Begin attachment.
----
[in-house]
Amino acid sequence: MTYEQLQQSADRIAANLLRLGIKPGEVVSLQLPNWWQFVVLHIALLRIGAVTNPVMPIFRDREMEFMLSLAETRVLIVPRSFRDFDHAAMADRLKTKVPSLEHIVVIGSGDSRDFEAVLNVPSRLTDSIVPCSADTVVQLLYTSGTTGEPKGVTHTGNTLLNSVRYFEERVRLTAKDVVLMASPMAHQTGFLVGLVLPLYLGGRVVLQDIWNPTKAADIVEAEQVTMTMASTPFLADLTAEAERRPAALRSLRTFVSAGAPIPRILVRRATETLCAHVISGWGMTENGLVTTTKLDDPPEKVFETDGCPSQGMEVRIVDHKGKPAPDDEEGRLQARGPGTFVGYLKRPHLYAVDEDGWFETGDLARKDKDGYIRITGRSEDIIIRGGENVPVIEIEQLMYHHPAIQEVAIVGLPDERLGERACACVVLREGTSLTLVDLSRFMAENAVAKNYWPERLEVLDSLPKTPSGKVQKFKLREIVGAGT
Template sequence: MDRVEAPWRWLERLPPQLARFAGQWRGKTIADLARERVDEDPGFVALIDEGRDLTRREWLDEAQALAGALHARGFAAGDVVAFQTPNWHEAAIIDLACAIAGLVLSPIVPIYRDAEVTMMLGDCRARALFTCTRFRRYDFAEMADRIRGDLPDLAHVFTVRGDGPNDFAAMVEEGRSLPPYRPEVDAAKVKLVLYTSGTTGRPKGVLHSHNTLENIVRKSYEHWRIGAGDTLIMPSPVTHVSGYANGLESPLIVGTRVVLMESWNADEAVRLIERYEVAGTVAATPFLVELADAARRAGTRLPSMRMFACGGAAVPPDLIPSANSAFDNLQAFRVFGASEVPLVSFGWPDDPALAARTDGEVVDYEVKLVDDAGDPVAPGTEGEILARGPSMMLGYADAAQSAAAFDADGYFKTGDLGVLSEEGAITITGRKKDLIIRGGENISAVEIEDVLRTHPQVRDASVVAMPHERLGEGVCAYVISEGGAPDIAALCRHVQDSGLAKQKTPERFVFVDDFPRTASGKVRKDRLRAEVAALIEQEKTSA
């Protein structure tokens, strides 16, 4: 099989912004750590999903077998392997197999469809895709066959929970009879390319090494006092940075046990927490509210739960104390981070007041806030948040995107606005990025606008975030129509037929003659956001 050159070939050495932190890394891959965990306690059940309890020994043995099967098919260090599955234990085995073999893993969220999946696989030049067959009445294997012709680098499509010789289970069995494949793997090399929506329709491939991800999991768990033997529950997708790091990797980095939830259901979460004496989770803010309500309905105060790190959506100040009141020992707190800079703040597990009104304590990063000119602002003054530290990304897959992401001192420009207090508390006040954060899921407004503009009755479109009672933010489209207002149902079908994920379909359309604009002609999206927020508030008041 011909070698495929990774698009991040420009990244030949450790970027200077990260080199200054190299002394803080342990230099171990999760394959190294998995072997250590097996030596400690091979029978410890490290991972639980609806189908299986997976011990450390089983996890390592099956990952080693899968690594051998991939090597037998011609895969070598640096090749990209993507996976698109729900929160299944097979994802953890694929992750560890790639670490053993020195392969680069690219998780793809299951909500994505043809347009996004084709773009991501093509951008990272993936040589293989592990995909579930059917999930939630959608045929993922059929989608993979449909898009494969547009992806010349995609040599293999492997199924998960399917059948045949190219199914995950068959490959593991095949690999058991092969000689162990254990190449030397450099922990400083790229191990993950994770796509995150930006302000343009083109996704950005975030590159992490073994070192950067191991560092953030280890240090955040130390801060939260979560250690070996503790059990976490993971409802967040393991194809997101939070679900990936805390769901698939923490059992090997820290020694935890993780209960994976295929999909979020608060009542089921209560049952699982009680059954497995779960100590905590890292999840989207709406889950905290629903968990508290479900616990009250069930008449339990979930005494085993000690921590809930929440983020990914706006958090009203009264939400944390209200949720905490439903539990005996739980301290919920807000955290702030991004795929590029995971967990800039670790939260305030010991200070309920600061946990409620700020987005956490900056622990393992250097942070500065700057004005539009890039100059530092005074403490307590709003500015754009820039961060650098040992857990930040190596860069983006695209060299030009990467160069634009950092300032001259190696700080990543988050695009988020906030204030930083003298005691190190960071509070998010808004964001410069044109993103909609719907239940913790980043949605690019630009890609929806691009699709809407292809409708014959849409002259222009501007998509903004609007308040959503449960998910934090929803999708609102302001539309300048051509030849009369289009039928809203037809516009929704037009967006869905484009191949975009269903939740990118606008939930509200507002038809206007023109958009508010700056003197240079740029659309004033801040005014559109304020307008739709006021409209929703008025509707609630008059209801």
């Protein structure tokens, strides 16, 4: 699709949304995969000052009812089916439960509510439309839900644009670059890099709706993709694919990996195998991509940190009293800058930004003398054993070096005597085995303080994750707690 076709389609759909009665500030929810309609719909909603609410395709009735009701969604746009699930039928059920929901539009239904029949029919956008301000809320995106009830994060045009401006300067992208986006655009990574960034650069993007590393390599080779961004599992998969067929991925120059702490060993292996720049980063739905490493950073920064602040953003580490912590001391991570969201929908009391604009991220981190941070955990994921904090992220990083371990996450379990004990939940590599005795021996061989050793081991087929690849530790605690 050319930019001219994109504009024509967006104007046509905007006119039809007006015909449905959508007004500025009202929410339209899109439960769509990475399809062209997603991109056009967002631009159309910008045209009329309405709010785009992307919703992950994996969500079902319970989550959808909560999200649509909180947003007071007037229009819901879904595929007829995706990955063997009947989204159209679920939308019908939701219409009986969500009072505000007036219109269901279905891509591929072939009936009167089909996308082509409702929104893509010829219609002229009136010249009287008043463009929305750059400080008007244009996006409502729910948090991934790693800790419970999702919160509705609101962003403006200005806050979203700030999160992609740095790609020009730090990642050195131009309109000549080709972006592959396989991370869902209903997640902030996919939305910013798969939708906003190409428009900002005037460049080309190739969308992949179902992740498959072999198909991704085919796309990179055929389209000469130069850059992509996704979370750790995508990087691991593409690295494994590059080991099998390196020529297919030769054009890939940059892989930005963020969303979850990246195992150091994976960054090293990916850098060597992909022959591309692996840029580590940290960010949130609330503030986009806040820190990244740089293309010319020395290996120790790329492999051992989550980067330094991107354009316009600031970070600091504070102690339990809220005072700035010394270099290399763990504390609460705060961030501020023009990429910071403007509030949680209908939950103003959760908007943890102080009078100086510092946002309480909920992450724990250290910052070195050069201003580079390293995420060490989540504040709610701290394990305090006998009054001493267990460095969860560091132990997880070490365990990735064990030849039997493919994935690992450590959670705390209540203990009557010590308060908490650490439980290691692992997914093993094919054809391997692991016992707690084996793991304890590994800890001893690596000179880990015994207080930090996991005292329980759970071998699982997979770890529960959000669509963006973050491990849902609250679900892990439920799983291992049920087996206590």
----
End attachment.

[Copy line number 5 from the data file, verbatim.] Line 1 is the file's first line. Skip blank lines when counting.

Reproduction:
């Protein structure tokens, strides 16, 4: 699709949304995969000052009812089916439960509510439309839900644009670059890099709706993709694919990996195998991509940190009293800058930004003398054993070096005597085995303080994750707690 076709389609759909009665500030929810309609719909909603609410395709009735009701969604746009699930039928059920929901539009239904029949029919956008301000809320995106009830994060045009401006300067992208986006655009990574960034650069993007590393390599080779961004599992998969067929991925120059702490060993292996720049980063739905490493950073920064602040953003580490912590001391991570969201929908009391604009991220981190941070955990994921904090992220990083371990996450379990004990939940590599005795021996061989050793081991087929690849530790605690 050319930019001219994109504009024509967006104007046509905007006119039809007006015909449905959508007004500025009202929410339209899109439960769509990475399809062209997603991109056009967002631009159309910008045209009329309405709010785009992307919703992950994996969500079902319970989550959808909560999200649509909180947003007071007037229009819901879904595929007829995706990955063997009947989204159209679920939308019908939701219409009986969500009072505000007036219109269901279905891509591929072939009936009167089909996308082509409702929104893509010829219609002229009136010249009287008043463009929305750059400080008007244009996006409502729910948090991934790693800790419970999702919160509705609101962003403006200005806050979203700030999160992609740095790609020009730090990642050195131009309109000549080709972006592959396989991370869902209903997640902030996919939305910013798969939708906003190409428009900002005037460049080309190739969308992949179902992740498959072999198909991704085919796309990179055929389209000469130069850059992509996704979370750790995508990087691991593409690295494994590059080991099998390196020529297919030769054009890939940059892989930005963020969303979850990246195992150091994976960054090293990916850098060597992909022959591309692996840029580590940290960010949130609330503030986009806040820190990244740089293309010319020395290996120790790329492999051992989550980067330094991107354009316009600031970070600091504070102690339990809220005072700035010394270099290399763990504390609460705060961030501020023009990429910071403007509030949680209908939950103003959760908007943890102080009078100086510092946002309480909920992450724990250290910052070195050069201003580079390293995420060490989540504040709610701290394990305090006998009054001493267990460095969860560091132990997880070490365990990735064990030849039997493919994935690992450590959670705390209540203990009557010590308060908490650490439980290691692992997914093993094919054809391997692991016992707690084996793991304890590994800890001893690596000179880990015994207080930090996991005292329980759970071998699982997979770890529960959000669509963006973050491990849902609250679900892990439920799983291992049920087996206590």